Let’s get past the gut wrenching photo of the tiny child washed up on the Turkish shore that has been all over the news in the past week. Actually, the photo is not the tragedy. It’s the story behind the photo, of the millions of suffering refugees that is the tragedy. The photo seen round the world offers perhaps a tiny ray of hope. A tiny ray of sanity. Perhaps.
We are reduced to worrying about asylum policies today because our world leaders failed to worry about foreign policies yesterday. Because it self-proclaims its leadership, the “leaders” of the United States must bear the brunt of this failure.
In 2013, in an alleged address to the Russian Parliament, President Vladimir Putin reportedly said that those immigrants who wish to live in Russia better learn to speak Russian and respect Russian law and culture. He reportedly went on to advise those living in Russia who wish to follow “primitive” Sharia law ought to go live where Sharia law is the law of the land. Finally, he reportedly admonished the Russian lawmakers to enact laws in accordance with his remarks. He allegedly received a five minute standing ovation when he concluded his remarks. (That last point might not be that amazing. Even our President is known to sometimes receive standing ovations. Of course it helps when he signs Executive Orders renaming mountains to entice his audience.)
There is no evidence that Putin ever made such a presentation to his Parliament. But, in only somewhat comparatively muted tones, he did indeed say the same to the Russian immigration agency at the same time.
In stark contrast, look at the friendly reception Western Europe has given to those who believe in Sharia law over the past several decades, particularly Sweden, France and England, where the very financial and social fabric of those countries are now on the brink of collapse. How is Western Europe feeling about its friendly immigration policies these days? There’s no need to guess. Just pick up any Western European newspaper and read about the right wing uprisings against the Muslims living in those countries.
And what about the asylum policies in the Middle East? How many of the millions of refugees has Saudi Arabia admitted to its country in the past decade or two, or indicated that it will under the present circumstances? By all accounts, the number is virtually zero. They don’t deny it. They have no enmity for their less fortunate Middle Easterners and they are not about to compromise their financial and social conditions.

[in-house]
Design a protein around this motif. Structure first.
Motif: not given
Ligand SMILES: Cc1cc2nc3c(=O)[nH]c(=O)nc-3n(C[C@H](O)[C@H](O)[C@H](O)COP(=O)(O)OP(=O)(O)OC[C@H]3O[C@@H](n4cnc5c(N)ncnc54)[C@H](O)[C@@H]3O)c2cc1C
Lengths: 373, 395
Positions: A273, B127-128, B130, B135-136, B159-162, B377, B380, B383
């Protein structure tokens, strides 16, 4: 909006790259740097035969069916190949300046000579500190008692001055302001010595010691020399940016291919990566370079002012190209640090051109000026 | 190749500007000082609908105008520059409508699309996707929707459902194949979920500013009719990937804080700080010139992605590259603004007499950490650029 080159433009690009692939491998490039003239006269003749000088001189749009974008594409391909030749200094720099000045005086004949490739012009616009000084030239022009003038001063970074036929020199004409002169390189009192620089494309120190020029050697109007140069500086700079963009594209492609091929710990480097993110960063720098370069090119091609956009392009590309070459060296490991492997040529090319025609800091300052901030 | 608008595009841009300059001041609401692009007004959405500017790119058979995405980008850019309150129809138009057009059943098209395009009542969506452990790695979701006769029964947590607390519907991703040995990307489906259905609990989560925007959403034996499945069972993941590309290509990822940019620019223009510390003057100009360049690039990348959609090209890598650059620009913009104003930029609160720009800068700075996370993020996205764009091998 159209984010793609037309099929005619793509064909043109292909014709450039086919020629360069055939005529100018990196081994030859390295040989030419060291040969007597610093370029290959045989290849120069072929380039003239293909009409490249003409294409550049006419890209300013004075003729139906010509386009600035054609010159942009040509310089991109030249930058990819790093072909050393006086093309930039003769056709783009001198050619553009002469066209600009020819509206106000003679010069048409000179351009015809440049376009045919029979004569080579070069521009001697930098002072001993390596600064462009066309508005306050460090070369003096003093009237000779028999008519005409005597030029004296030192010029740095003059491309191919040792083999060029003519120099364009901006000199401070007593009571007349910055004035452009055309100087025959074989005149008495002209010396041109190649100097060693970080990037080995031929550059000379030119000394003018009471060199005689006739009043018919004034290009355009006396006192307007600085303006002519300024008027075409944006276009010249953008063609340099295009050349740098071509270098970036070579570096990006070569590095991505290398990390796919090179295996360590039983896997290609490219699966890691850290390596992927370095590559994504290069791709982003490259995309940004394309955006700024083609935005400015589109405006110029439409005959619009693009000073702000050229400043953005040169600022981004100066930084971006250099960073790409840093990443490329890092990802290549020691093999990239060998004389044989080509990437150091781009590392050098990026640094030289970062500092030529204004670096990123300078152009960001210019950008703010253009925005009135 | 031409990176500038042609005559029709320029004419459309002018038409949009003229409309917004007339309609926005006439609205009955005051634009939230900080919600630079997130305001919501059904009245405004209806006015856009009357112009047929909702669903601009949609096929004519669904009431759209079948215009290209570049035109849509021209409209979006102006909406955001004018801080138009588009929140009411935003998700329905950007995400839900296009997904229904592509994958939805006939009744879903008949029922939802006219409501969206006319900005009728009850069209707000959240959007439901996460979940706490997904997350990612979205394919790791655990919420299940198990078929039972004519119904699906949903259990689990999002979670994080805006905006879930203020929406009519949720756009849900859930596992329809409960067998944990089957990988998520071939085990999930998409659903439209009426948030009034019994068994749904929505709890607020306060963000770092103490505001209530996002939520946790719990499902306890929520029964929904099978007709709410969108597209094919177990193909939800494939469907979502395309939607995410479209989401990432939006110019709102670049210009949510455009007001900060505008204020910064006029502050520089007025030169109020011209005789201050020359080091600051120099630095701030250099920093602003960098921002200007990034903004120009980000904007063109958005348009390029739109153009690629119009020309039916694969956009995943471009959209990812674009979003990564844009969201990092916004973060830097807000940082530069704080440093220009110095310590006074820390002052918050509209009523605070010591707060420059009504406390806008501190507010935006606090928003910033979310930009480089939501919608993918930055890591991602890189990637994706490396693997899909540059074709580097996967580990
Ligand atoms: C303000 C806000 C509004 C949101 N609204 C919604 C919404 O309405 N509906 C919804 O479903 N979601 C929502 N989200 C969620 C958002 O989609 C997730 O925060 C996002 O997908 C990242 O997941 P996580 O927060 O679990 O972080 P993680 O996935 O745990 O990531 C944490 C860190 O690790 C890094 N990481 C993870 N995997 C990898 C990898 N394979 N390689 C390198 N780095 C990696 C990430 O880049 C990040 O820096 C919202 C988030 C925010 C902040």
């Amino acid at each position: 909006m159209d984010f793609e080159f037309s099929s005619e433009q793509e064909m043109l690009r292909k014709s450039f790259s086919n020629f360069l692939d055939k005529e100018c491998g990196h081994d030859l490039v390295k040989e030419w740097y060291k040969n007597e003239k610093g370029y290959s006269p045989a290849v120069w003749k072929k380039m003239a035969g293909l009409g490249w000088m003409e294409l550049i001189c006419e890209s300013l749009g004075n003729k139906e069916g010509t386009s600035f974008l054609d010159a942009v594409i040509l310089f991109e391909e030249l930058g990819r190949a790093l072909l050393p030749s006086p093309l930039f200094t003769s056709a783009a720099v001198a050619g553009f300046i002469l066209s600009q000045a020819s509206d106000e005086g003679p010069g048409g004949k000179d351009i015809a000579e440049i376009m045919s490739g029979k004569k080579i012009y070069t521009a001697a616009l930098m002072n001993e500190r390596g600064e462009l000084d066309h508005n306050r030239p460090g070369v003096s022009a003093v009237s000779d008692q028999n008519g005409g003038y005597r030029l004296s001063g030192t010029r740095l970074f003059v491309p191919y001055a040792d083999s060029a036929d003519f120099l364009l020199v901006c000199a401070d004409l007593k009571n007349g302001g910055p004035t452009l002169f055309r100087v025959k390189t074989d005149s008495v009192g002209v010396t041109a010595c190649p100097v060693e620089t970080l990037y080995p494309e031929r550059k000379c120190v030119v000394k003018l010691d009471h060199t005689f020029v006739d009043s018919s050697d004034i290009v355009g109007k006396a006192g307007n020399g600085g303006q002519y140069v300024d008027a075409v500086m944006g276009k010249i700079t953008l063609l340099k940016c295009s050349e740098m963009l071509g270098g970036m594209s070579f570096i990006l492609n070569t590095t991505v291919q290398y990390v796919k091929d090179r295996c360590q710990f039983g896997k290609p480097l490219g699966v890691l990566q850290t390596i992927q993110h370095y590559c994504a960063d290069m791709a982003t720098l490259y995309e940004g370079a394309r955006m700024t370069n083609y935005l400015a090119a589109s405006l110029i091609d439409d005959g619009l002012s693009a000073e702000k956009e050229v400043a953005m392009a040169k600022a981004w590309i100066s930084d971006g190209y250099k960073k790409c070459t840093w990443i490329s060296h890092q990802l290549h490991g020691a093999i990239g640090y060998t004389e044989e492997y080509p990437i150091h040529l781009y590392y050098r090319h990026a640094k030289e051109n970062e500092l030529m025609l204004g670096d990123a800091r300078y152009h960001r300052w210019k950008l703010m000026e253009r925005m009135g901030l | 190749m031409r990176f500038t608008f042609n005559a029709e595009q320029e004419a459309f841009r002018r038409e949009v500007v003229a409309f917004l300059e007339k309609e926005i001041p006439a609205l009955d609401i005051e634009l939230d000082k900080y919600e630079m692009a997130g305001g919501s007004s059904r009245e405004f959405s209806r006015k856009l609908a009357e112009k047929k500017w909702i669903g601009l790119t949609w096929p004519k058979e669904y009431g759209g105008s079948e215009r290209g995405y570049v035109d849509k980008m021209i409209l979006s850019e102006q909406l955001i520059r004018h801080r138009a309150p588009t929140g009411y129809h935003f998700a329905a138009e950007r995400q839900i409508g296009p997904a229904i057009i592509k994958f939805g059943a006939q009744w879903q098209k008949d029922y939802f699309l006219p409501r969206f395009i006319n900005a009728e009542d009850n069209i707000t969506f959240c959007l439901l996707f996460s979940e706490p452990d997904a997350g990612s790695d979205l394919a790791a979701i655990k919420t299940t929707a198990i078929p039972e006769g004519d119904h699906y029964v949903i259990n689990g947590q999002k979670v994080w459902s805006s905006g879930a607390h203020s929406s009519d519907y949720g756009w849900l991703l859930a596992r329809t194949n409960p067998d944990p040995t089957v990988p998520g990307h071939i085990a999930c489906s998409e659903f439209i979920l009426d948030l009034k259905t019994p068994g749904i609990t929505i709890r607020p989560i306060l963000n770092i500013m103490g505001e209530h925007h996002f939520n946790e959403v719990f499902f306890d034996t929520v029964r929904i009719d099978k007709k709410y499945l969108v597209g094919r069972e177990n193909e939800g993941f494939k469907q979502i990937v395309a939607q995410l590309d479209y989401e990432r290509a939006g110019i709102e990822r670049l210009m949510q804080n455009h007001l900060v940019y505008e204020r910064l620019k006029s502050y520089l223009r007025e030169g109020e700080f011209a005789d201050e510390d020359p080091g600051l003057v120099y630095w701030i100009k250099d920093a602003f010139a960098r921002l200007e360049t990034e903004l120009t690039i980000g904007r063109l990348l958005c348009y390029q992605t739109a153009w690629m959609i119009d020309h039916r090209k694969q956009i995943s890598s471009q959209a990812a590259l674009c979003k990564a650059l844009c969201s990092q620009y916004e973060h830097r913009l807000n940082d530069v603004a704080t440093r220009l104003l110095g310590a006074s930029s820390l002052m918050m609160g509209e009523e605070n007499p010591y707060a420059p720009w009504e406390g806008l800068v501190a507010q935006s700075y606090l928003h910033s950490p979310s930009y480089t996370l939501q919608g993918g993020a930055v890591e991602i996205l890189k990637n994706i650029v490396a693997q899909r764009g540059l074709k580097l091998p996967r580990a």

And Germany, with its apparent commitment to take in as many as 800,000 refugees. What has it learned from recent history? Apparently very little. Affording permanent residence in Germany to 800,000 refugees who speak no German, bring no assets, bring little if any work skills, are in need of considerable medical attention and are committed to Sharia law and culture? How in the world is that going to play out?
I believe in charity. But charity begins at home. The Obama administration has committed to take in 10,000 refugees. The number is smaller than the commitments that even England and France have made, let alone Germany. Commendable, certainly humane, but . . . ? What about the 11 million unlawful immigrants we already have living in the U.S. today, many of whom tax our entitlements to the breaking point.
The fact is that we have tens of thousands of homeless Americans in every major city in our country, many of them veterans who risked their lives and sacrificed dearly to protect our interests, for whom we have not done enough, for whom we are not doing enough. Their circumstances are no less tragic than the millions of refugees making, and getting, all of the headlines today. All of the millions of dollars we are now going to be spending on flying these 10,000 refugees to the U.S. and housing, feeding and clothing them (and their future children, who will soon be born U.S. citizens), and providing them with medical attention, and teaching them trades, our language and our laws and culture. Shouldn’t we instead be spending all those resources on our existing homeless and less fortunate?
Doesn’t it seem like we need to be demanding that our “leaders” spend more time on developing our totally ineffective foreign policies than on our asylum policies? Won’t we do our country, if not the world, and tomorrow’s refugees, more good by stopping the Assads and the ISIS fanatics of the world—dead in their tracks—instead of worrying about the refugees for whom it is likely already too late?
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